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Tuesday, 19 December 1905


Mr LIDDELL (Hunter) - I have no objection to the amounts specified in this Bill being paid, because so far as I can judge - and the Minister has very kindly allowed me to peruse the official papers relating to them - they appear to be particularly deserving cases. But in the case of Colonel Price, although there is a report by the Medical Board, the examination does not appear to have been quite so thorough as it might have been. The report states that he suffers from " a locking of the shoulder joints." That is not a technical term, and apparently it relates to some injury to the bony parts of the structure. That being so, I should like to ascertain why the X-rays were not applied to the injury ? I know of one instance in which a doctor was charged with malpractice, because he failed to restore an injured elbow in a satisfactory way. He certainly treated the injured member, but subsequently the patient was not able to extend his arm as fully as he could previously. That case was tried before a jury, who awarded the patient £200 damages. As a result, the doctor was practically ruined, although the patient is, today, walking about, and the injured arm is just as strong as is his other arm.


Mr Maloney - I am very sorry, in deed, that there is not a quorum present. [Quorum formed.]


Mr LIDDELL - In cases such as that, which I have outlined, we cannot be too careful. Before giving my vote in favour of granting compensation to Colonel Price, I should like to have an assurance from the Minister that his case has been thoroughly inquired into.


Mr Crouch - Five medical men have certified toit.


Mr LIDDELL - I am not reflecting in any wav upon the Government Medical Board, but we cannot be too careful as to the precedents which we establish. The case of Lt. -Col. Bayly appears to be a particularly sad one. Anybody who has any knowledge of locomotor ataxia cannot fail to sympathize with him. Of course, it may be urged that his complaint is not traceable to exposure on the field of battle or during a campaign. Nevertheless, we must sympathize with one who in the prime of life is suffering, as he is. I think that we should inaugurate a proper system-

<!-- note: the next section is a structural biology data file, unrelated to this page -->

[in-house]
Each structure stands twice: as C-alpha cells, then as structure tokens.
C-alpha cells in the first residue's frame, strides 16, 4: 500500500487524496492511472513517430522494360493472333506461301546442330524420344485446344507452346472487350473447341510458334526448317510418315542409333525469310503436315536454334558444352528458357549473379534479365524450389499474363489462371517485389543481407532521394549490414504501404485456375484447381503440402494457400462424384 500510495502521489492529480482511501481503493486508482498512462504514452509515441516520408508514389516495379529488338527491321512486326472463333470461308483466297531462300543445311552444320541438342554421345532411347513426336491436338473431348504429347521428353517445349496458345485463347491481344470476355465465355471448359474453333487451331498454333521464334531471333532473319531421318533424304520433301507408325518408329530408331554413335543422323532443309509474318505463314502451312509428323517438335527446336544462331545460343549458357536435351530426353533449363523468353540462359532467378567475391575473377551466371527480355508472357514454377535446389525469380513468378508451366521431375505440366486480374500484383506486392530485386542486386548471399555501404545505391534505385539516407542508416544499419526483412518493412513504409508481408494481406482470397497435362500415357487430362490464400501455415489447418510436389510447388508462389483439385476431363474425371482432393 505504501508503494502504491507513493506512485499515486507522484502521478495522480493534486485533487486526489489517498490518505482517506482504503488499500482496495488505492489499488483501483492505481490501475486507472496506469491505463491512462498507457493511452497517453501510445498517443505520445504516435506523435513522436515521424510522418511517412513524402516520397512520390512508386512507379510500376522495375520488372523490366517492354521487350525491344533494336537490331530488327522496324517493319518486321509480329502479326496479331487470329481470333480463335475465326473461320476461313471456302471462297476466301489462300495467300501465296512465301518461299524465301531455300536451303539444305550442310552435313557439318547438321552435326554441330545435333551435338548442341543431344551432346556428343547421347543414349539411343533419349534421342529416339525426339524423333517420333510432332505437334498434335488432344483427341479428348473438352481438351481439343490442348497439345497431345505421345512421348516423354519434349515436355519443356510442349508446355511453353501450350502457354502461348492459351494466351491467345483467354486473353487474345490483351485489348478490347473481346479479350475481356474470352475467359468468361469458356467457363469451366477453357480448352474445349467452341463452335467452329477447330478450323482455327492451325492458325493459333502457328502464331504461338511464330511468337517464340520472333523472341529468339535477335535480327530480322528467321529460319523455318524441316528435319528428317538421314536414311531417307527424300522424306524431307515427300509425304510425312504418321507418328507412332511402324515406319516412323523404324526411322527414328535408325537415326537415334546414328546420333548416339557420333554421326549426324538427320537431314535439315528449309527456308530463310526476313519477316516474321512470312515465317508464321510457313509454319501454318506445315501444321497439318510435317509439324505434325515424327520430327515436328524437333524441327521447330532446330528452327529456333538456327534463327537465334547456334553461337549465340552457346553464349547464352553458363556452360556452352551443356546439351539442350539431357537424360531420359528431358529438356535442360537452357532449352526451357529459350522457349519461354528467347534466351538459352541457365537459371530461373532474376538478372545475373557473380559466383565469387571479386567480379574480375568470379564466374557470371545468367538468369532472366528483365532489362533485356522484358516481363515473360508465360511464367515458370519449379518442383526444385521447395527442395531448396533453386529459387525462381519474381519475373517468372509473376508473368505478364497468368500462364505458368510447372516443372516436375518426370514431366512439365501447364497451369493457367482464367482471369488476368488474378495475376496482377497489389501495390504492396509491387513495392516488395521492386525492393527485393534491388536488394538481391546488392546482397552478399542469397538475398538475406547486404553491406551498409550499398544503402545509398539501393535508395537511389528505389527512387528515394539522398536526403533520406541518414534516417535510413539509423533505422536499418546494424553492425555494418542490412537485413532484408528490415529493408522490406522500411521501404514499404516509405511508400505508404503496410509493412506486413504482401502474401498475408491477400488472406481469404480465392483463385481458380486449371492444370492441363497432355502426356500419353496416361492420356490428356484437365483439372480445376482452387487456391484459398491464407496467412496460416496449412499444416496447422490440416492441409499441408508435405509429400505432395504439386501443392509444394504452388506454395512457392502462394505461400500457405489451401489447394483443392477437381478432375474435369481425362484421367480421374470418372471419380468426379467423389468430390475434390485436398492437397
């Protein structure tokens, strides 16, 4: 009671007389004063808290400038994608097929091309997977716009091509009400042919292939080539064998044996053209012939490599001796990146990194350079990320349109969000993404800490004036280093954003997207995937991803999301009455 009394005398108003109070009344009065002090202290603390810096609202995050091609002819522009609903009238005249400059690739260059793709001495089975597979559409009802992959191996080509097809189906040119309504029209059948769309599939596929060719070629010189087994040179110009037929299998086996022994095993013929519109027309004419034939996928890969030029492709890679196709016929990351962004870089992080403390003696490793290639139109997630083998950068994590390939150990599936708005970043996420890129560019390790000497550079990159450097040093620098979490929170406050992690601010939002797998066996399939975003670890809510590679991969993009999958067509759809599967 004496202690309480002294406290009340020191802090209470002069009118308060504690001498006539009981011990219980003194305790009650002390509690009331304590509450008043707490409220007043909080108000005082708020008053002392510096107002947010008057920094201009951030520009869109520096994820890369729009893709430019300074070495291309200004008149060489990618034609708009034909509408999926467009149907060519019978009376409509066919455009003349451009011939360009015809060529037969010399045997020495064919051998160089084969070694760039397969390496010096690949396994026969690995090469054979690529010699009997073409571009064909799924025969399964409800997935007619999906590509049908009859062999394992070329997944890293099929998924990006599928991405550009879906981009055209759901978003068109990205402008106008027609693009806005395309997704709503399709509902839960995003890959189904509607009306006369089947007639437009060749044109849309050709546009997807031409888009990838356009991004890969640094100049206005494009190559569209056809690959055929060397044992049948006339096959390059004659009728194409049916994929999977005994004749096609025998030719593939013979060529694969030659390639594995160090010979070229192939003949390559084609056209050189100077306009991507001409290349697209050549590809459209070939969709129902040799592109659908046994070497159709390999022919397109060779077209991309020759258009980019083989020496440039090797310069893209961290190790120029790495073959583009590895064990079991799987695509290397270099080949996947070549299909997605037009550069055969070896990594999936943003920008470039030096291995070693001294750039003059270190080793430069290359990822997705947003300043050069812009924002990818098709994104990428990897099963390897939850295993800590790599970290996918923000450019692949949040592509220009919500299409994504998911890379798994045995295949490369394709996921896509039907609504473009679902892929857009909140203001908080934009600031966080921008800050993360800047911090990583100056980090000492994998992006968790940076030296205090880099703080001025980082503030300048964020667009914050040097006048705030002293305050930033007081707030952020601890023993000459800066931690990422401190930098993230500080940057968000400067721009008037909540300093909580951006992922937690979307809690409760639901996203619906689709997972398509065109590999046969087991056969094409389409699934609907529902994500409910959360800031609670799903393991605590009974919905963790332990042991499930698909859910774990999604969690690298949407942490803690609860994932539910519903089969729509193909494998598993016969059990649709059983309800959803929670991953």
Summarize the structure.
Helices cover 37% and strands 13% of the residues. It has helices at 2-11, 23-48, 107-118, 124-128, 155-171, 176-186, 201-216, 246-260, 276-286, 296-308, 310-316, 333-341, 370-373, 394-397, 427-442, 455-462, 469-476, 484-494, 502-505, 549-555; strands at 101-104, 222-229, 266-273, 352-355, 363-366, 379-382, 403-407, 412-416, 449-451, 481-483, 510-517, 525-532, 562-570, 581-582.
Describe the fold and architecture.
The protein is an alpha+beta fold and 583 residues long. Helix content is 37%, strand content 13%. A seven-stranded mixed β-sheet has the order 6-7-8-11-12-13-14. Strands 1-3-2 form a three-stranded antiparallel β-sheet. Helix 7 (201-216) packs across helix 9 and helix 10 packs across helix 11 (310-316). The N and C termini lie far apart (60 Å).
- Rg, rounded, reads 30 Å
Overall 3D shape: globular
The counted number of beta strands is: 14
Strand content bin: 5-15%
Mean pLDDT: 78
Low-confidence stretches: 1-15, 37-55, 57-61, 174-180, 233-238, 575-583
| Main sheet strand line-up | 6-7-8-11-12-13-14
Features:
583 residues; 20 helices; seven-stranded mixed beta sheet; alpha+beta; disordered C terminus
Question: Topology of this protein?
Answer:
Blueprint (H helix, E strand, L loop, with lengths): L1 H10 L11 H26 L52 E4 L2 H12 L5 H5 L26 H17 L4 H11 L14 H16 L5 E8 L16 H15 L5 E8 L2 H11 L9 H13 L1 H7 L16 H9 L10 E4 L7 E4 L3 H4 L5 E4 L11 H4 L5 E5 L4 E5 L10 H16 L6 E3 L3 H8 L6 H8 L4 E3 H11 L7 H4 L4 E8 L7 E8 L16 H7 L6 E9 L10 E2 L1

Mr Watson - A system is provided under our Defence Act, but these cases occurred prior to that Act coming into operation.


Mr LIDDELL - During the adjournment for dinner the Vice-President of the Executive Council allowed me to glance through the papers connected with the case of these officers.


Mr Maloney - I think, Mr. Speaker, that we ought to have a quorum. [Quorum formed.]


Mr LIDDELL - I was not altogether satisfied with the examination made in the case of Colonel Price, and I make that statement because I happen to know some thing of its technicalities. My experience has taught me, however, that it is always well to be guided by the opinion of a duly constituted authority, such as the Medical Board, and, consequently, I have no opposition to offer to the Bill. The Minister has said that considerations of common humanity should induce us to make these grants. He instanced the position of a man who, after long years of faithful service, becomes incapacitated, and is granted compensation by his employer.


Mr Carpenter - It is seldom that he is compensated.